____ Accurate current information about post-release plans not routinely
being available
____ Inadequate referrals by facility staff
____ Facility or agency policies making it difficult to deliver SVORI
programming
____ Offenders declining to participate
____ Offenders being identified too late to complete post-release
programming (i.e., too close to release date)
____ Inadequate resources to serve the number of offenders identified by
facility staff

2

SVORI PD Interview 3/06

Services
The next questions ask about your program’s programming priorities and desired outcomes.
17. When thinking about providing
programming or services to offenders,
how has your program focused its
resources and efforts overall throughout
the course of your program? Please rank
the areas by putting a “1” next to your top
focus, “2” next to the second focus, “3”
next to the third focus, “4” next to the
fourth focus, and “5” next to the fifth
focus. (Please rank all areas.)

Rank
____ Assessment, Coordination, and Supervision Services
(e.g., risk/needs assessments, treatment/release plan
development, post-release supervision)
____ Transition Services (e.g., housing placements/referrals,
assistance obtaining identification and benefits, legal
assistance, financial support/emergency assistance,
peer support, mentoring)
____ Health Services (e.g., substance abuse treatment,
counseling, mental health services, anger
management/violence counseling, medical services,
dental services)
____ Employment, Education, and Skills Development
Services (e.g., education/GED/tutoring/literacy
services, vocational training, employment referrals/job
placement, resume/ interviewing skills, work release,
cognitive skills development/behavioral programming,
life skills)
____ Family services (e.g., family reunification, family
counseling, parenting skills, domestic violence
services)

18. If you were to be given more federal
funding for reentry programming, how
would you focus your resources? Please
rank the areas by putting a “1” next to
your top focus, “2” next to the second
focus, “3” next to the third focus, “4” next
to the fourth focus, and “5” next to the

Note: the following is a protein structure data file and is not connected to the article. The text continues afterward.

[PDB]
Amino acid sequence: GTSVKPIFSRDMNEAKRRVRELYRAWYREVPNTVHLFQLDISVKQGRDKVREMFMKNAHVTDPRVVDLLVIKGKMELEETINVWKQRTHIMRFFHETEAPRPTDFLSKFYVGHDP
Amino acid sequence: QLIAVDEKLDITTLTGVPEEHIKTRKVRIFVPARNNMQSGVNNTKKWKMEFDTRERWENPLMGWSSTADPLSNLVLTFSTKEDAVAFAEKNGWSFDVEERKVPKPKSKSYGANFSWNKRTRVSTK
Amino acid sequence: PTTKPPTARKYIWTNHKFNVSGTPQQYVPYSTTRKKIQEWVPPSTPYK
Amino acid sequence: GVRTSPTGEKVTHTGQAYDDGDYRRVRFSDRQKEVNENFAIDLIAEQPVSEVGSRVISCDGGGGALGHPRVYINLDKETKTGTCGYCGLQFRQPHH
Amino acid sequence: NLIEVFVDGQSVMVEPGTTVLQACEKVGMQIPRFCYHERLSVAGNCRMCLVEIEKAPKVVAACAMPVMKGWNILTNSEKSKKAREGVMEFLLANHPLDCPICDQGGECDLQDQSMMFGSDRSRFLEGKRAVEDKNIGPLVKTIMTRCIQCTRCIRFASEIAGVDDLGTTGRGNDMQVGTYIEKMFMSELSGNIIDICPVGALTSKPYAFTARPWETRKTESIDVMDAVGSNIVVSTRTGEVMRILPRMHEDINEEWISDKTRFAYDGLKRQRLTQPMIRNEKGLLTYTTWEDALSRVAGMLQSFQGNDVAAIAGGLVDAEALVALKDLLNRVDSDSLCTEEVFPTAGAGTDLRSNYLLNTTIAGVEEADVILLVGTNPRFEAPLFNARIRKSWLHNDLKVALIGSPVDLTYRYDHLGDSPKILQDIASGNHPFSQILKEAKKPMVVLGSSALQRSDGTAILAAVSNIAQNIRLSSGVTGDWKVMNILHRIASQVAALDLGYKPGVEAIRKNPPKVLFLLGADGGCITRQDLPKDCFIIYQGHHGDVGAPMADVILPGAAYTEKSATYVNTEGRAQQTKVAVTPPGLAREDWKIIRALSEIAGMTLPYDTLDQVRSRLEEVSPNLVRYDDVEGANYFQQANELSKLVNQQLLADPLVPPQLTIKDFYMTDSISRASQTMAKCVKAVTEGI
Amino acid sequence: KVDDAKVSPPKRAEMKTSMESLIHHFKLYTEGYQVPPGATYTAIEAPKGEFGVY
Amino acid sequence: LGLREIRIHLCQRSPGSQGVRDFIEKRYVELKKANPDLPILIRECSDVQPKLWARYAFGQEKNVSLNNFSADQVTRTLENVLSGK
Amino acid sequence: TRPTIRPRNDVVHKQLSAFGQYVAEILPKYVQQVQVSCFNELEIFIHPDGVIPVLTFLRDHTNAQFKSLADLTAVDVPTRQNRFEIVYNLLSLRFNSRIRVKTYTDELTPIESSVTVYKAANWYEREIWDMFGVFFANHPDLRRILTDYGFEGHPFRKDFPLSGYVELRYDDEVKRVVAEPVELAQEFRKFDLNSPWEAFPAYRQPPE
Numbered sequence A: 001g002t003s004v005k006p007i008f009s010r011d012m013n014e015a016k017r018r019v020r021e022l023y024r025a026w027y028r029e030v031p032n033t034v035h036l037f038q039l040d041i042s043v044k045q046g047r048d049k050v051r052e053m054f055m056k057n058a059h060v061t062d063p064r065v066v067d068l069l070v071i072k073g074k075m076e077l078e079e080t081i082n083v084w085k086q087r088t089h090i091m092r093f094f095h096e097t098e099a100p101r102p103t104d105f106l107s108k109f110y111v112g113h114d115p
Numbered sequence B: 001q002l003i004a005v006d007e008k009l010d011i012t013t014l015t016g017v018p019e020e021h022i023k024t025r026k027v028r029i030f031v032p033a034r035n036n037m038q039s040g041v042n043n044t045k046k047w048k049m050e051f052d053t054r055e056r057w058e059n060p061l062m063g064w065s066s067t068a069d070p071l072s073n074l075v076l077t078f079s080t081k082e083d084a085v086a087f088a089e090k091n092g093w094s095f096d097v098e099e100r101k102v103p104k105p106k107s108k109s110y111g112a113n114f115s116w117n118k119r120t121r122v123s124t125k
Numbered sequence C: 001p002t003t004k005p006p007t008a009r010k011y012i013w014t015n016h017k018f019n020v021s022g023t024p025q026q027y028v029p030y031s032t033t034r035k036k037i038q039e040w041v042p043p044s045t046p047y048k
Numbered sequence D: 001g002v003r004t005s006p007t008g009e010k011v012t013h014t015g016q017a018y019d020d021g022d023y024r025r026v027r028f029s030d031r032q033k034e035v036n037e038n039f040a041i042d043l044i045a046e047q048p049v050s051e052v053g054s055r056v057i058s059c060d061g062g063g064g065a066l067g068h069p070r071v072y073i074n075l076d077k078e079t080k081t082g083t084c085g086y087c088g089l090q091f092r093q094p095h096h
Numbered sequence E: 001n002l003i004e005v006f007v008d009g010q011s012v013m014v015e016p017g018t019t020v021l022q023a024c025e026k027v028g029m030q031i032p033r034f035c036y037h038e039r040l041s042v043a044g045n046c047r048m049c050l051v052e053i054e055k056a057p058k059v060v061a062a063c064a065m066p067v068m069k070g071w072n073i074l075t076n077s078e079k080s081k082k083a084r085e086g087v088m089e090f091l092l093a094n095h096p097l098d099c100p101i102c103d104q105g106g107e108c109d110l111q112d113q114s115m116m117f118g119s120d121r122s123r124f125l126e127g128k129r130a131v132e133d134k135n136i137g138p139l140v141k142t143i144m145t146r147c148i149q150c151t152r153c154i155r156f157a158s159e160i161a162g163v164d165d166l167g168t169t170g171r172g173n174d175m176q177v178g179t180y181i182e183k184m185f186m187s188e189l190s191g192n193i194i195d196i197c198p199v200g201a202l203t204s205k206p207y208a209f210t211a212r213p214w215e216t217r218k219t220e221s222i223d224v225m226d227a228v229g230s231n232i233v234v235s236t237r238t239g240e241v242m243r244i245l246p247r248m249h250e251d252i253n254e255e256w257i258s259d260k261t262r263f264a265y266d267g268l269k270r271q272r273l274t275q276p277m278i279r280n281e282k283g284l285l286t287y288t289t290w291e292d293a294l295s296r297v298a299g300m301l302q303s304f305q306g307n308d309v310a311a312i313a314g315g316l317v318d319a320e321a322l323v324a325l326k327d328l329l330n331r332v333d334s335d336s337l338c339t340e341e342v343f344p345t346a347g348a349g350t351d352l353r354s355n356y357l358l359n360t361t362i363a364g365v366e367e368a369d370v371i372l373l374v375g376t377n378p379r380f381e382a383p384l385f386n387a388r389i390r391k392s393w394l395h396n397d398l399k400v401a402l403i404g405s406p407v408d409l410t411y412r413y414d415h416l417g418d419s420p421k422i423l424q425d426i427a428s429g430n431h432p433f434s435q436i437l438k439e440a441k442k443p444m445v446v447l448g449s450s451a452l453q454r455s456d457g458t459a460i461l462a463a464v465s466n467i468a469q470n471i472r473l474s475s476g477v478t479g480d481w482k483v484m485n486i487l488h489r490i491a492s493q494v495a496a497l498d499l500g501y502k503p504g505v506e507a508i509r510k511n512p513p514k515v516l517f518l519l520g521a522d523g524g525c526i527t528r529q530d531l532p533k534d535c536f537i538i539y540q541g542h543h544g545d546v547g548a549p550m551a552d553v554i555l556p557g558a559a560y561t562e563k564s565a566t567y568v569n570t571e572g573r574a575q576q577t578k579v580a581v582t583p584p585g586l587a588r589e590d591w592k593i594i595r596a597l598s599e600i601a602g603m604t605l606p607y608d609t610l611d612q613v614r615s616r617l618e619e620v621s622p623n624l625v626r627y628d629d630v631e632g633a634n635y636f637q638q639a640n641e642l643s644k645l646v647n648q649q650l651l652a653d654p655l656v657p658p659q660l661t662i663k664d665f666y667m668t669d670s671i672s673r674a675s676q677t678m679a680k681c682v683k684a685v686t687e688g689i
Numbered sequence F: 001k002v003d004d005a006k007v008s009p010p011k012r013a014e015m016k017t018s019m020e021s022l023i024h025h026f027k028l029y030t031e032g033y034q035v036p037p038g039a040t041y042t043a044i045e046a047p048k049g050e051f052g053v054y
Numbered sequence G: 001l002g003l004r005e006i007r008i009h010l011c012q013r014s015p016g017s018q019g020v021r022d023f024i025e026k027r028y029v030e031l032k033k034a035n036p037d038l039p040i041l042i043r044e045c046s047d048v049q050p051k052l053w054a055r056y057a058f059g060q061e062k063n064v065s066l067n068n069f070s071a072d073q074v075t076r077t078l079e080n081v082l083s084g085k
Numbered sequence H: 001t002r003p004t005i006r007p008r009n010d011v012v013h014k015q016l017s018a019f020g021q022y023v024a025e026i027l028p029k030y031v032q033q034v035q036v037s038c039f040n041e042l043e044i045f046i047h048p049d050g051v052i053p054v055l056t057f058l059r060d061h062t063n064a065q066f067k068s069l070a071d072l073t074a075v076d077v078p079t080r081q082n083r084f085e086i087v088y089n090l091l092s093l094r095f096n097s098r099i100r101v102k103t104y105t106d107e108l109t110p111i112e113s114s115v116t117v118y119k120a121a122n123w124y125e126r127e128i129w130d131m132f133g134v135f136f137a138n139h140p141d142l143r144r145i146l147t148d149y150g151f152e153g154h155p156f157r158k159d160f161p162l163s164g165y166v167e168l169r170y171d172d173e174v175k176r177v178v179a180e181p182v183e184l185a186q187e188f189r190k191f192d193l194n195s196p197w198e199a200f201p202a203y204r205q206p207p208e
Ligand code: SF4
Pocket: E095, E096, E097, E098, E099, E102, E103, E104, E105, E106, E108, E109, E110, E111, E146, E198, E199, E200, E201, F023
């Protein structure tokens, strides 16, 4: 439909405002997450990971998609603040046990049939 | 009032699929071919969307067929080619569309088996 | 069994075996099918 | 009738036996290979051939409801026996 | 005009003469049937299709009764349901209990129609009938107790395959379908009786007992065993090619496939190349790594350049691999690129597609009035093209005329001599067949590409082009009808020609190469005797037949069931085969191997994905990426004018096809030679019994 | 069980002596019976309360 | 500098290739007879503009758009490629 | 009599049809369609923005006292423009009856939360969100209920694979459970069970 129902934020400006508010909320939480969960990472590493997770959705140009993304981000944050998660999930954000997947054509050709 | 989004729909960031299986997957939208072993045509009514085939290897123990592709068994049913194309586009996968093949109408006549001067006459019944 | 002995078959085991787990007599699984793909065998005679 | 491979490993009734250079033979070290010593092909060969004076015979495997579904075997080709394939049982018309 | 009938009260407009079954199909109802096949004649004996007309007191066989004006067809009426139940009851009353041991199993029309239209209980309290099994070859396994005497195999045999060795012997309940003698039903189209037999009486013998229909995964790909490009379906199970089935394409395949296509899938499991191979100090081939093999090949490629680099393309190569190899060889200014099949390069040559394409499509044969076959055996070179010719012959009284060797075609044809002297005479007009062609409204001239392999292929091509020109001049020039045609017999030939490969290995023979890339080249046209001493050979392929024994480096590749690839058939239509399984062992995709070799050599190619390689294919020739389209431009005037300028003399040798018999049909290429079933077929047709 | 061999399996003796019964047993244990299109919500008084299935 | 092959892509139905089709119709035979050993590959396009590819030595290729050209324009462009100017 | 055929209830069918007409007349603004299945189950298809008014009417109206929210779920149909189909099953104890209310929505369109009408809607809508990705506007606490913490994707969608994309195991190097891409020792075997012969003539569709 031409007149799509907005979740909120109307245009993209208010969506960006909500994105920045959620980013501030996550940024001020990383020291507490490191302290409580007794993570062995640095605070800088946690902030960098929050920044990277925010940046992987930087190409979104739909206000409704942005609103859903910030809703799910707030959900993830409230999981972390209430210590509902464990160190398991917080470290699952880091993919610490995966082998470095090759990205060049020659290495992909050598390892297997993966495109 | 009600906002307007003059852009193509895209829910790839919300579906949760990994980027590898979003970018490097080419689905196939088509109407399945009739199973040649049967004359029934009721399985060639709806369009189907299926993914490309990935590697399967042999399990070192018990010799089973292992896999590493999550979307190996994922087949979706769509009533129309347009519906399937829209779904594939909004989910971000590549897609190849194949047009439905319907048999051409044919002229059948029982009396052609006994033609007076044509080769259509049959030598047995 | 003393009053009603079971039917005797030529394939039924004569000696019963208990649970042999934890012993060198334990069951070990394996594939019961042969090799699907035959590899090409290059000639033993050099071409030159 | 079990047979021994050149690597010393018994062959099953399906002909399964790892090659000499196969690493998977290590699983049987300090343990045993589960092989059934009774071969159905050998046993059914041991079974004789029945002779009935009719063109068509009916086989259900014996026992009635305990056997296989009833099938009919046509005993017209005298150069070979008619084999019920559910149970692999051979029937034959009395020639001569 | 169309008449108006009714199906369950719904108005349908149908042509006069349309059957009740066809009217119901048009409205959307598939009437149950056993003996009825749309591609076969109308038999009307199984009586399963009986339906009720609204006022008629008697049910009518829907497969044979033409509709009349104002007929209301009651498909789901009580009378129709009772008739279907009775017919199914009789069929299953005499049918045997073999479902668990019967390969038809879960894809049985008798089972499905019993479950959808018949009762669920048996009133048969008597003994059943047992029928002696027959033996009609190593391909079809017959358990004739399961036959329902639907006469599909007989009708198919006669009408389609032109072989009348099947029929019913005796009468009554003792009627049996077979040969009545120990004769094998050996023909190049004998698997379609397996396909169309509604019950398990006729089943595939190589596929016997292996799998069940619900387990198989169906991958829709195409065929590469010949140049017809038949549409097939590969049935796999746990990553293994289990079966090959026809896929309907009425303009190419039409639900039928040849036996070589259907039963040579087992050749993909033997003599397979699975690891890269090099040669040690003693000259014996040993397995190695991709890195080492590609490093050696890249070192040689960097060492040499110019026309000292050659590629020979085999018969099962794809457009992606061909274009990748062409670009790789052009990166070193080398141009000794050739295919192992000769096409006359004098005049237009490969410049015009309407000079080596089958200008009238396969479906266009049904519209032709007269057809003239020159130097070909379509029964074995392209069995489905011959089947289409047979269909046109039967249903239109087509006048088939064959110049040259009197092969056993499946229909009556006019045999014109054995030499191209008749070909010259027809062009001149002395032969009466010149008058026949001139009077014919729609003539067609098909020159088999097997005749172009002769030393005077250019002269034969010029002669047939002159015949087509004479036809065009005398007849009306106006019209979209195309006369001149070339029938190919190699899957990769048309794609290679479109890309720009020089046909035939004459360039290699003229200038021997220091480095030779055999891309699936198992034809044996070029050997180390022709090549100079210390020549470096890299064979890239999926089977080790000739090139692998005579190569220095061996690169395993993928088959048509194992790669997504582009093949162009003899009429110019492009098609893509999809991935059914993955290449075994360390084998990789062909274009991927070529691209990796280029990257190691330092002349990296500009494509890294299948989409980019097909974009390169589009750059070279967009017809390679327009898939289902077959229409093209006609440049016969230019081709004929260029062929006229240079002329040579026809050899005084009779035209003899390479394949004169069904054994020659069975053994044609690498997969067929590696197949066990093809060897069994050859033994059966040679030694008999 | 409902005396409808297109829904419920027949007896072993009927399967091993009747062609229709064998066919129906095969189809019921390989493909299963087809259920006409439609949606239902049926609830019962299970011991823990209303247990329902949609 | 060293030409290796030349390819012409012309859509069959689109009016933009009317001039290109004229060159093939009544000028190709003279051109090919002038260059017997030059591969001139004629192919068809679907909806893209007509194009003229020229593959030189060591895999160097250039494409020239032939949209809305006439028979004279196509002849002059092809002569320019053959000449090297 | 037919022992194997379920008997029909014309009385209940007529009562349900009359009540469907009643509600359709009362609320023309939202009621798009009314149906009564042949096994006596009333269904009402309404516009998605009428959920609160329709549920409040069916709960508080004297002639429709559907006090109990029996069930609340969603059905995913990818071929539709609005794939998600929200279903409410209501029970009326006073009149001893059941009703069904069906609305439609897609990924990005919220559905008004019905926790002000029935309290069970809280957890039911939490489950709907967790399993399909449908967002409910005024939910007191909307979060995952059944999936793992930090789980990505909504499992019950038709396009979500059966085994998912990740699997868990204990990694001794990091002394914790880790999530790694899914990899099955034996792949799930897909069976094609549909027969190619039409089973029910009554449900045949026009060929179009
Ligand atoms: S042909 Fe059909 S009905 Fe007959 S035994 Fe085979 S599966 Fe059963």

fifth focus. (Please rank all areas.)

Rank
____ Assessment, Coordination, and Supervision Services
(e.g., risk/needs assessments, treatment/release plan
development, post-release supervision)
____ Transition Services (e.g., housing placements/referrals,
assistance obtaining identification and benefits, legal
assistance, financial support/emergency assistance,
peer support, mentoring)
____ Health Services (e.g., substance abuse treatment,
counseling, mental health services, anger
management/violence counseling, medical services,
dental services)
____ Employment, Education, and Skills Development
Services (e.g., education/GED/tutoring/literacy
services, vocational training, employment referrals/job
placement, resume/ interviewing skills, work release,
cognitive skills development/behavioral programming,
life skills)
____ Family services (e.g., family reunification, family
counseling, parenting skills, domestic violence
services)

3

SVORI PD Interview 3/06

19. Besides recidivism, what outcomes does
your program hope to affect for individual
participants? Please rank the three most
important outcomes by putting a “1” next
to most important outcome, “2” next to
second most, and “3” next to the third
most. (Please rank only three.).

Rank
____
____
____
____
____
____
____
____
____

20. If someone were evaluating the
effectiveness of your SVORI program,
what measurable outcomes do you think
it would be fair to use to determine
program effectiveness? (Please check all
that apply.)

…
…
…
…
…
…
…
…
…
…

Reduced substance use
Improved physical and/or mental health
Employment
Educational attainment
Housing
Family reunification/functioning
Community integration/connectedness
Improved decision-making or self-sufficiency
Other (please specify in the box at the left)

Reduced recidivism
Reduced substance use
Improved physical and/or mental health
Employment
Educational attainment
Housing
Family reunification//functioning
Community integration/connectedness